• News
    •   Jan.1, 2012   
    • Studies highlight growing urgency of preserving biodiversity.
    • A review of eight studies conducted by 30 scientists from Australia, New Zealand, and the Pacific Islands, published in the scientific journal Pacific Conservation Biology, has found that climate change is worsening the situation for flora and fauna in the Oceanian region, which is already severely impacted by intensive agriculture,
      habitat loss, and other problems.

      Land, marine, and freshwater environments are all affected. Recently, US scientists at the University of Miami in Florida also drew attention to the danger of ever-enlarging dead zones in the ocean, which are shrinking the habitat of all marine species, including fish. Their study evaluated the survival of blue marlin, billfish,
      and tropical tuna, whose size and active movements necessitate large amounts of dissolved oxygen.

      The researchers found that not only are the fish being deprived by dead zones of habitable regions, they are also being forced into waters closer to the surface where they are more vulnerable to fishing.

      University of Miami researcher Dr. Jiangang Luo noted, (PhD) “In human terms, you might describe it as if you were in a house on fire with ... only one exit, then discovering you have a robber inside the house at the same time.” Despite a commitment made in 2002 by governments across the globe to protect 10% of the world's oceans and their inhabitants by 2012, the agreements created so far cover only a little more than 1%.

      Lead author of the Oceania study, Australian Professor Richard Kingsford of the University of New South Wales, spoke of the urgency of addressing these issues as he stated, "There are opportunities to mitigate some of these impacts but it requires planning now, not when future generations inherit the problem."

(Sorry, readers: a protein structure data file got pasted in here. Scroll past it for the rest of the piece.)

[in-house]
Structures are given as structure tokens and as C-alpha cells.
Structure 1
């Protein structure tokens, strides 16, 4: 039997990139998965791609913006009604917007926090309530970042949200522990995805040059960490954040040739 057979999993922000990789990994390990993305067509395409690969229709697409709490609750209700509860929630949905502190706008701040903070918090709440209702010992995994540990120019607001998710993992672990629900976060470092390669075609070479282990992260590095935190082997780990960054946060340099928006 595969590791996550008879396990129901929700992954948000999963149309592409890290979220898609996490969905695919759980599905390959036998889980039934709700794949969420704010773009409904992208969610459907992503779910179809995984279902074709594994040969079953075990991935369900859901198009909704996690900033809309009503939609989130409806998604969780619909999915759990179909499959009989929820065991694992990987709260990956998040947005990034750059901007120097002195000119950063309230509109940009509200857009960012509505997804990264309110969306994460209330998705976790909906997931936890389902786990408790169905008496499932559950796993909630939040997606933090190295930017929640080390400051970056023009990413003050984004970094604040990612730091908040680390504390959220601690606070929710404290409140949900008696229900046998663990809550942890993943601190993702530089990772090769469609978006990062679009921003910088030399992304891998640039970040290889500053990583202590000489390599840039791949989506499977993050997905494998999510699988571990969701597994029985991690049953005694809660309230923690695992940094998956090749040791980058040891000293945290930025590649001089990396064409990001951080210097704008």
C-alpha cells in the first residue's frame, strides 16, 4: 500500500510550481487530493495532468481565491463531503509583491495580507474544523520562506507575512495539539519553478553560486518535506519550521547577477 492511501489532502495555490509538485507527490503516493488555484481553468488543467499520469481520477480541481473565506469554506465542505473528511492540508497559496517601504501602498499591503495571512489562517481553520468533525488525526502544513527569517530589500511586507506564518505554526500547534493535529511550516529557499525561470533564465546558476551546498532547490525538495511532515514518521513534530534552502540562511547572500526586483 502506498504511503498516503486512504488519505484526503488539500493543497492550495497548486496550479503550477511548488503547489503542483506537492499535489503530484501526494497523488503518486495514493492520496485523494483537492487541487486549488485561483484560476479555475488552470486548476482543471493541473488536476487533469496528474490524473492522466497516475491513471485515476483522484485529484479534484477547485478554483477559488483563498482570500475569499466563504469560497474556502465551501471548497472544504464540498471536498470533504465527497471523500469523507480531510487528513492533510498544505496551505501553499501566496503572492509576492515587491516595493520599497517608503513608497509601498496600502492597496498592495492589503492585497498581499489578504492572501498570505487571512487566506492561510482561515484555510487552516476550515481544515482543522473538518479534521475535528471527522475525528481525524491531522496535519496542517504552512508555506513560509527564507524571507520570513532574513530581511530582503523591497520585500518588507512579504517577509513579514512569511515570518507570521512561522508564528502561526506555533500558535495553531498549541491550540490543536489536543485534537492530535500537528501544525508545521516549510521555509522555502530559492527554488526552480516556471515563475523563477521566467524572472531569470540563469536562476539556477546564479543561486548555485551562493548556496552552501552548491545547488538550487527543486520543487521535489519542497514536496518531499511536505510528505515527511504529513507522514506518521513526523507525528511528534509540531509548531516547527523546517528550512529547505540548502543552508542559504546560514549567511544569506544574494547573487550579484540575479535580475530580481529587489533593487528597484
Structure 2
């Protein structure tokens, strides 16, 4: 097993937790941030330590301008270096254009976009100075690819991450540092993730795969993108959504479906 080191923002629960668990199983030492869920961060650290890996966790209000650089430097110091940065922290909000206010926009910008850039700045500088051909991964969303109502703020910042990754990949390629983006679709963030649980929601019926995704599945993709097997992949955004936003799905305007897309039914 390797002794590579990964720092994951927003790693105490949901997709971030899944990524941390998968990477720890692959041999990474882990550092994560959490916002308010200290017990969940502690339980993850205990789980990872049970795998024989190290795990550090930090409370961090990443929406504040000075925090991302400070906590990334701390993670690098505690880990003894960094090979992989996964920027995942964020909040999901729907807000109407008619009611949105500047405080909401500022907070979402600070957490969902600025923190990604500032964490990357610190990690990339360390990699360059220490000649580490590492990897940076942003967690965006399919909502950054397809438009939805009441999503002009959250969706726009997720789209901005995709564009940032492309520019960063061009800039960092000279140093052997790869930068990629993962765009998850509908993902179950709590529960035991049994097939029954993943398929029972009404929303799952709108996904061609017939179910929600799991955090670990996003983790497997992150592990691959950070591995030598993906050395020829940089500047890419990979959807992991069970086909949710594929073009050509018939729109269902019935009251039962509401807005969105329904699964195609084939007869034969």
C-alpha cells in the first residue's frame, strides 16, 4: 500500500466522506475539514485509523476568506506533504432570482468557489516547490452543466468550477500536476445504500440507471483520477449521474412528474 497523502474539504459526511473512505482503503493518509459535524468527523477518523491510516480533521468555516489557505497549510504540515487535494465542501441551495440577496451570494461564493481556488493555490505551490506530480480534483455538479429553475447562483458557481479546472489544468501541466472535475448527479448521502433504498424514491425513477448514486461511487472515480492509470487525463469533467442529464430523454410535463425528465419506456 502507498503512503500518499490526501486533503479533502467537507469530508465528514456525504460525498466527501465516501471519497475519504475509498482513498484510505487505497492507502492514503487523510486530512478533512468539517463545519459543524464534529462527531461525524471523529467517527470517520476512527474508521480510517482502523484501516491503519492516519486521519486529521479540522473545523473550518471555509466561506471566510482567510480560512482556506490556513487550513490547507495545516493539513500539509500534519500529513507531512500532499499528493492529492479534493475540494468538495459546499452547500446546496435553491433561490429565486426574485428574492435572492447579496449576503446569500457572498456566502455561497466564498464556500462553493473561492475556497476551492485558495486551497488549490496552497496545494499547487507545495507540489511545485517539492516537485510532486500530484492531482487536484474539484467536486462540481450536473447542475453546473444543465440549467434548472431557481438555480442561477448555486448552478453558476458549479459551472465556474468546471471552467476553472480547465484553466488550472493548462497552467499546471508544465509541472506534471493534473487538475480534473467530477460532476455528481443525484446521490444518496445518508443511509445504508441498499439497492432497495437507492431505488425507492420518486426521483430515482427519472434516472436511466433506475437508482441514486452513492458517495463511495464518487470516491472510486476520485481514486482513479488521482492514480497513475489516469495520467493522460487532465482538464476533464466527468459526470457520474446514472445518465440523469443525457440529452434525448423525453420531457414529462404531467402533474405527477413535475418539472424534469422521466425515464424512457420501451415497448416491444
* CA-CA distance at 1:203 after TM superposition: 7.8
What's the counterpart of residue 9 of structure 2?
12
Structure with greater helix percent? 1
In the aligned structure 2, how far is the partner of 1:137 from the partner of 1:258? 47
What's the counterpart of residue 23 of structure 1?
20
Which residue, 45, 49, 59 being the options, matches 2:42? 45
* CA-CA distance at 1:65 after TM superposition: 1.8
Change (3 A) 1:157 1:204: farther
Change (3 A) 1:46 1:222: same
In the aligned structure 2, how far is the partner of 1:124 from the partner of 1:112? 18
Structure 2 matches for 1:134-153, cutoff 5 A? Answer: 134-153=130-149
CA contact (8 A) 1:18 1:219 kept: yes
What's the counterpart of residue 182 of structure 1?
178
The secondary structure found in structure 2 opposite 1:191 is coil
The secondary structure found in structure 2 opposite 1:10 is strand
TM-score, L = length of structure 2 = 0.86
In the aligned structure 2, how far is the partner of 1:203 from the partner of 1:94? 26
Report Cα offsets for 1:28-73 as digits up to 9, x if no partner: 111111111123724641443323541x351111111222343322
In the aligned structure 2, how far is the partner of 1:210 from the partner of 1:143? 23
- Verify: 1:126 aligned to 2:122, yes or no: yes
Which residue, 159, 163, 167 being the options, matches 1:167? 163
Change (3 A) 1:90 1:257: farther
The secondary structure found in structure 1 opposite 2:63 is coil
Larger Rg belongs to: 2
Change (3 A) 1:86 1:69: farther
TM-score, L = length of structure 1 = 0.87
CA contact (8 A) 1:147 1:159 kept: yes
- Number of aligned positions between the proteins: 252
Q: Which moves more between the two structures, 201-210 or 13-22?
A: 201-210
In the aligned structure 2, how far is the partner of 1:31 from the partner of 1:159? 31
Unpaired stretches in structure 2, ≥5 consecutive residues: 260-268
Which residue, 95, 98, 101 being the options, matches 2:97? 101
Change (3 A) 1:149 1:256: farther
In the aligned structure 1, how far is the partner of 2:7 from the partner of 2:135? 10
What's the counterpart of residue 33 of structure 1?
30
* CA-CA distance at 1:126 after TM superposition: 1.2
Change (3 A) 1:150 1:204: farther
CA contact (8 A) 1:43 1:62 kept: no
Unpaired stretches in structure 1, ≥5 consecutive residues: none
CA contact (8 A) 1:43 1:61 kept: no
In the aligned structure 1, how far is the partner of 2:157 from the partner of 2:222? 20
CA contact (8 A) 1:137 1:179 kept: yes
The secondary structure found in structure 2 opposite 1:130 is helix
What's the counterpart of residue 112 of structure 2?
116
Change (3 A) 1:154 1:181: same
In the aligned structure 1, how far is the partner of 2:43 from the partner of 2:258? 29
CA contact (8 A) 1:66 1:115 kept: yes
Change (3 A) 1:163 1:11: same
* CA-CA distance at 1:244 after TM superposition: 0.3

Many thanks, international scientists, for your efforts to inform the public of this alarming imbalance on our planet.

      May we join in acting now to implement Earth-saving practices that protect and preserve all lives. Speaking with deep concern for the alarming loss of biodiversity, Supreme Master Ching Hai during an August 2009 videoconference in Thailand reminded of what humanity must do in order to ensure the continuation
      of life on Earth.

      Supreme Master Ching Hai : It’s a very sad thing because our animal friends are suffering terribly due to the effects of global warming. Many of the animals are dying or at the brink of extinction or already gone due to unbearable temperatures or they are being forced out of their habitats, just like human climate refugees, except they are not nearly as equipped as we are at adapting to new environments.

      To ensure the peace and comfort of all our animal co-inhabitants, we really should first cease to consume them, any animals at all. Then, the wild areas and habitats will be restored as will be the animals’ natural lives. That’s the best way to protect them, to show our love to them.


      Extra News
      UK-based BBC news reported on December 23, 2011 that the nation's endangered fairy shrimp, a tiny beautiful crustacean that normally hatches around Christmas, faces increasing threats to its survival, as noted by scientists at the wildlife charity Pond Conservation, due to extended drought leaving many of its pools at risk of drying out completely.


      The US-based National Oceanic and Atmospheric Administration stated on December 20, 2011 that 60 Ringed seals in the Arctic and Bering Strait regions of Alaska had perished, with 75 found still alive but suffering from skin lesions, and the cause still unknown.

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